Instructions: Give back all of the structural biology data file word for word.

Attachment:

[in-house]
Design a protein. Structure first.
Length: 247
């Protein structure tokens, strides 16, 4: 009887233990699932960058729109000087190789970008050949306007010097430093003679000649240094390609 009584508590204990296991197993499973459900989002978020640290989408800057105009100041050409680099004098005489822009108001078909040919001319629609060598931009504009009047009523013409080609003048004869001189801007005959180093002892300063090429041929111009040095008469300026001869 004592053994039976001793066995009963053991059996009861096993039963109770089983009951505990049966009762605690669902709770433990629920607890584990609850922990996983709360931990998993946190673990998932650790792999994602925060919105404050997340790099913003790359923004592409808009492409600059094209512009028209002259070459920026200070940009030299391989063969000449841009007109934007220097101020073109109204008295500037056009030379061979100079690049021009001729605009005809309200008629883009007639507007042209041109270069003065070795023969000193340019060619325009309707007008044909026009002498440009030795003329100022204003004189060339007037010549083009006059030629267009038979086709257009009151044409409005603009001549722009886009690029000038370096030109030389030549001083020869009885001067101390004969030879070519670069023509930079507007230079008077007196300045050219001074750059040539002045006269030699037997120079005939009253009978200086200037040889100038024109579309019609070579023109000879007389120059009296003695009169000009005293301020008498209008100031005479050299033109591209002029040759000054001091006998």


[in-house]
Design a protein. Structure first.
Length: 247
């Protein structure tokens, strides 16, 4: 009887233990699932960058729109000087190789970008050949306007010097430093003679000649240094390609 009584508590204990296991197993499973459900989002978020640290989408800057105009100041050409680099004098005489822009108001078909040919001319629609060598931009504009009047009523013409080609003048004869001189801007005959180093002892300063090429041929111009040095008469300026001869 004592053994039976001793066995009963053991059996009861096993039963109770089983009951505990049966009762605690669902709770433990629920607890584990609850922990996983709360931990998993946190673990998932650790792999994602925060919105404050997340790099913003790359923004592409808009492409600059094209512009028209002259070459920026200070940009030299391989063969000449841009007109934007220097101020073109109204008295500037056009030379061979100079690049021009001729605009005809309200008629883009007639507007042209041109270069003065070795023969000193340019060619325009309707007008044909026009002498440009030795003329100022204003004189060339007037010549083009006059030629267009038979086709257009009151044409409005603009001549722009886009690029000038370096030109030389030549001083020869009885001067101390004969030879070519670069023509930079507007230079008077007196300045050219001074750059040539002045006269030699037997120079005939009253009978200086200037040889100038024109579309019609070579023109000879007389120059009296003695009169000009005293301020008498209008100031005479050299033109591209002029040759000054001091006998």